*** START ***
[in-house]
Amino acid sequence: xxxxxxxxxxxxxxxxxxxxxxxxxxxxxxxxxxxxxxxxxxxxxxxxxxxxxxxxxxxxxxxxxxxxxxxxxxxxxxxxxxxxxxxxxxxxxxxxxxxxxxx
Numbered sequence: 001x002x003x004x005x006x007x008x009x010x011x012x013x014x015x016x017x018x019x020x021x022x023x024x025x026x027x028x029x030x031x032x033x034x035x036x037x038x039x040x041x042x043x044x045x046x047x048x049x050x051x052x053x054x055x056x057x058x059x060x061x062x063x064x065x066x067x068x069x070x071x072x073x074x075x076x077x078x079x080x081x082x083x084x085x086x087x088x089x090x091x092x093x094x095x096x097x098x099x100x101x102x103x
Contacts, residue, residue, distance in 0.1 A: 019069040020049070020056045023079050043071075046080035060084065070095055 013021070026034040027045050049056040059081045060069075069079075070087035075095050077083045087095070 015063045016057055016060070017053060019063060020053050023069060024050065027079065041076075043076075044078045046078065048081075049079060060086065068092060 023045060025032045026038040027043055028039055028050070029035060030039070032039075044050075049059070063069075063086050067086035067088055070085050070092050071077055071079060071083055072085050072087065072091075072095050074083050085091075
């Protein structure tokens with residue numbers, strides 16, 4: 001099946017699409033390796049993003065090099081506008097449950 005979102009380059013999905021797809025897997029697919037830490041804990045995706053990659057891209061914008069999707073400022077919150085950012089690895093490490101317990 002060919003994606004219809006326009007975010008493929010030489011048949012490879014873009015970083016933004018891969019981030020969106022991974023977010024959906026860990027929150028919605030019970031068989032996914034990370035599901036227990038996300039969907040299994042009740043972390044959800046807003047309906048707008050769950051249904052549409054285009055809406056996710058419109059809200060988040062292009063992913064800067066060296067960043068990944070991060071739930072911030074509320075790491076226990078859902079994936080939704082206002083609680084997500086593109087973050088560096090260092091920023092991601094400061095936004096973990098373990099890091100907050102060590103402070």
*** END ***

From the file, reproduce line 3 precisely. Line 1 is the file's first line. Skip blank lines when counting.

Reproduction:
Numbered sequence: 001x002x003x004x005x006x007x008x009x010x011x012x013x014x015x016x017x018x019x020x021x022x023x024x025x026x027x028x029x030x031x032x033x034x035x036x037x038x039x040x041x042x043x044x045x046x047x048x049x050x051x052x053x054x055x056x057x058x059x060x061x062x063x064x065x066x067x068x069x070x071x072x073x074x075x076x077x078x079x080x081x082x083x084x085x086x087x088x089x090x091x092x093x094x095x096x097x098x099x100x101x102x103x